GreatFire has built an Android mobile app creator, called “GreatFire AppMaker”, that can be used by organizations to unblock their content for users in China and other countries. Organizations can visit a website (https://appmaker.greatfire.org/) which will compile an app that is branded with the organization’s own logo and will feature their own, formerly blocked content. The app will also contain a special, censorship-circumventing web browser so that users can access the uncensored World Wide Web. The apps will use multiple strategies, including machine learning, to evade advanced censorship tactics employed by the Chinese authorities.  This project will work equally well in other countries that have China-like censorship restrictions. For both organizations and end users, the apps will be free, fast, and extremely easy to use.

This project was inspired by China-based GreatFire’s first-hand experience with our own FreeBrowser app (https://freebrowser.org/en) and desire to help small NGOs who may not have the in-house expertise to circumvent Chinese censorship. GreatFire’s anti-censorship tools have worked in China when others do not. FreeBrowser directs Chinese internet users to normally censored stories from the app’s start page (http://manyvoices.news/).

Fri, Jul 24, 2020

Apple, anticompetition, and censorship

On July 20, 2020, GreatFire wrote to all 13 members of the Subcommittee on Antitrust, Commercial and Administrative Law of the U.S. House Committee on the Judiciary, requesting a thorough examination into Apple’s practice of censorship of its App Store, and an investigation into how the company collaborates with the Chinese authorities to maintain its unique position as one of the few foreign tech companies operating profitably in the Chinese digital market.  

This letter was sent a week before Apple CEO TIm Cook will be called for questioning in front of the Subcommittee on Antitrust, Commercial and Administrative Law. The CEOs of Amazon, Google and Facebook will also be questioned on July 27, as part of the Committee’s ongoing investigation into competition in the digital marketplace.

This hearing offers an opportunity to detail to the Subcommittee how Apple uses its closed operating ecosystem to not only abuse its market position but also to deprive certain users, most notably those in China, of their right to download and use apps related to privacy, secure communication, and censorship circumvention.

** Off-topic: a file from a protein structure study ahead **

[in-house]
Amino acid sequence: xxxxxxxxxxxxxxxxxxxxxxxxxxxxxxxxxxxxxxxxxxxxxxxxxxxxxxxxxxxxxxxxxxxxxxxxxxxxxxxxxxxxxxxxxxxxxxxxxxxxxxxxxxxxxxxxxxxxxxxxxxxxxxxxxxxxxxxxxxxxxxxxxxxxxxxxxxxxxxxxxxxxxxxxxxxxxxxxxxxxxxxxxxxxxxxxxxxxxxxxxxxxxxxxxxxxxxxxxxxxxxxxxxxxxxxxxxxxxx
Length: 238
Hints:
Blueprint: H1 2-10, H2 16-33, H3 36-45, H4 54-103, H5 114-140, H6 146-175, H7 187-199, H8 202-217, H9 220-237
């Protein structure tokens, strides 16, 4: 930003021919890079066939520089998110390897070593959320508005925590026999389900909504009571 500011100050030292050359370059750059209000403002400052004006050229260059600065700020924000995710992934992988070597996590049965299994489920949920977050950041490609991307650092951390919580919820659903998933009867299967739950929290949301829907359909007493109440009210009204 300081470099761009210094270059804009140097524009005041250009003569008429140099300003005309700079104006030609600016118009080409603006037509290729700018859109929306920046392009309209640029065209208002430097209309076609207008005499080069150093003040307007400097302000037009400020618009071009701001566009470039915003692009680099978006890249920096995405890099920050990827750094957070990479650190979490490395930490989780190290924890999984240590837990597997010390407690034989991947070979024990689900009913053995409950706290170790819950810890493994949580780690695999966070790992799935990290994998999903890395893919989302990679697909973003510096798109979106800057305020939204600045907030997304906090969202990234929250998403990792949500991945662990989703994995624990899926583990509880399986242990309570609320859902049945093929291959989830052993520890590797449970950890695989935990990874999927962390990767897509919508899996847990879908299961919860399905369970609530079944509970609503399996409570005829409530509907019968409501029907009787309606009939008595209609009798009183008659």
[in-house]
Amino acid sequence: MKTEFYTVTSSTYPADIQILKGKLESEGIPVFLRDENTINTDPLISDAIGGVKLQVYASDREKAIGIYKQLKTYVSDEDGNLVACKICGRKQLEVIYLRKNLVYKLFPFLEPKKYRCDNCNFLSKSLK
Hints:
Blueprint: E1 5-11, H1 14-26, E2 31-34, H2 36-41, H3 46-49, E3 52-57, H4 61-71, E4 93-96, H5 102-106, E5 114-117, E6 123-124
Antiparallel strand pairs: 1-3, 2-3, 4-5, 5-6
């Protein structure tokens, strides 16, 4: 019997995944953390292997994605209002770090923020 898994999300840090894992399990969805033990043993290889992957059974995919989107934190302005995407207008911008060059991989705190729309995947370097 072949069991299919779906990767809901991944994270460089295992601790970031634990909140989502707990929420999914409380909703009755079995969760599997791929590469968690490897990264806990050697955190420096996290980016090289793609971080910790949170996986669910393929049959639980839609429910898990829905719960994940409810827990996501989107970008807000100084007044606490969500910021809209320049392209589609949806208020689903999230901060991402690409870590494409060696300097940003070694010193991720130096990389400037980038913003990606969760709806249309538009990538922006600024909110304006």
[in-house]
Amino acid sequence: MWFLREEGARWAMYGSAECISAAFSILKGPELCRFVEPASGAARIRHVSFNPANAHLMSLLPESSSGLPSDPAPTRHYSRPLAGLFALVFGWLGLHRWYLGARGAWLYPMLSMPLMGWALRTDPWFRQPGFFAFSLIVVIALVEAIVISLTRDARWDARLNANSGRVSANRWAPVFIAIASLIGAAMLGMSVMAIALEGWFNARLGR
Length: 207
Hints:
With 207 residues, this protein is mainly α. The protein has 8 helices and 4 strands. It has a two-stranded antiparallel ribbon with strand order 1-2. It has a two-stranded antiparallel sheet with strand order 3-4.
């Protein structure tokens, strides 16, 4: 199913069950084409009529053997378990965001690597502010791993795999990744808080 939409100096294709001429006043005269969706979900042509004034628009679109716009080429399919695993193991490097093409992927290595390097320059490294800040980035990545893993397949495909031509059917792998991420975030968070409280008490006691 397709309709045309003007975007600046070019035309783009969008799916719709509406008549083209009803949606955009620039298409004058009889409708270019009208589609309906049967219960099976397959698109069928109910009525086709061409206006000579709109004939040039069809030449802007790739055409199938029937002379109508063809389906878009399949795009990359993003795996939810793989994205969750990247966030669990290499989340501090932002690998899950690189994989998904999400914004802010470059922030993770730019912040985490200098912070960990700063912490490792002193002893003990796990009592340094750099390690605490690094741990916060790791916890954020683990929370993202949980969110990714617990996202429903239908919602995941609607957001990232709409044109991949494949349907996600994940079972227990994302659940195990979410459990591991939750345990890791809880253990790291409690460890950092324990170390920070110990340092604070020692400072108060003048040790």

We hope that U.S. House representatives agree with our view that Apple should not be allowed to do elsewhere what would be considered as unacceptable in the U.S. Chinese citizens are not second class citizens. Private companies such as Apple compromise themselves and their self-proclaimed values of freedom and privacy when they collaborate with the Chinese government and its censors.

Mon, Jun 10, 2019

Apple Censoring Tibetan Information in China

Apple has a long history of censorship when it comes to information about Tibet. In 2009, it was revealed that several apps related to the Dalai Lama were not available in the China App Store. The developers of these apps were not notified that their apps were removed. When confronted with these instances of censorship, an Apple spokesperson simply said that the company “continues to comply with local laws”.

In December, 2017, at a conference in China, when asked about working with the Chinese authorities to censor the Apple App Store, Tim Cook proclaimed:

"Your choice is: do you participate, or do you stand on the sideline and yell at how things should be. And my own view very strongly is you show up and you participate, you get in the arena because nothing ever changes from the sideline."

In the ten years since Apple was first criticized for working with the Chinese authorities to silence already marginalized voices, what has changed? Apple continues to strictly follow the censorship orders of the Chinese authorities. When does Tim Cook expect that his company will help to bring about positive change in China?

Based on data generated from https://applecensorship.com, Apple has now censored 29 popular Tibetan mobile applications in the China App Store. Tibetan-themed apps dealing with news, religious study, tourism, and even games are being censored by Apple. A full list of the censored apps appear below.

Thu, Jun 06, 2019

Report Shines Spotlight on Apple’s Censorship Practices in China

The newest Ranking Digital Rights Corporate Accountability Index makes recommendations on what companies and governments need to do in order to improve the protection of internet users’ human rights around the world. Ranking Digital Rights (RDR) works to promote freedom of expression and privacy on the internet by creating global standards and incentives for companies to respect and protect users’ rights.

In their 2019 Accountability Index, RDR looks at the policies of 24 of the world’s most important internet companies in respect to freedom of expression and privacy and highlights the companies that have made improvements and those companies that need to do more. RDR notes that:

Insufficient transparency makes it easier for private parties, governments, and companies themselves to abuse their power over online speech and avoid accountability.

In particular, the report highlights how Apple has abused their power over online speech, and notes instances of this in China. According to the report, Apple has not disclosed data around the content that it removes from its App Store when faced with requests from the government authorities.

While [Apple] disclosed data about government requests to restrict accounts, it disclosed no data about content removal requests, such as requests to remove apps from its App Store. Apple revealed little about policies and practices affecting freedom of expression, scoring below all other U.S. companies in this category.

The report makes intelligent and sensible recommendations for governments. However, the recommendations also highlight how difficult it is to have these discussions with governments like China’s.

Thu, Nov 30, 2017

About those 674 apps that Apple censored in China

Apple opened the door on its censorship practices in China - but just a crack.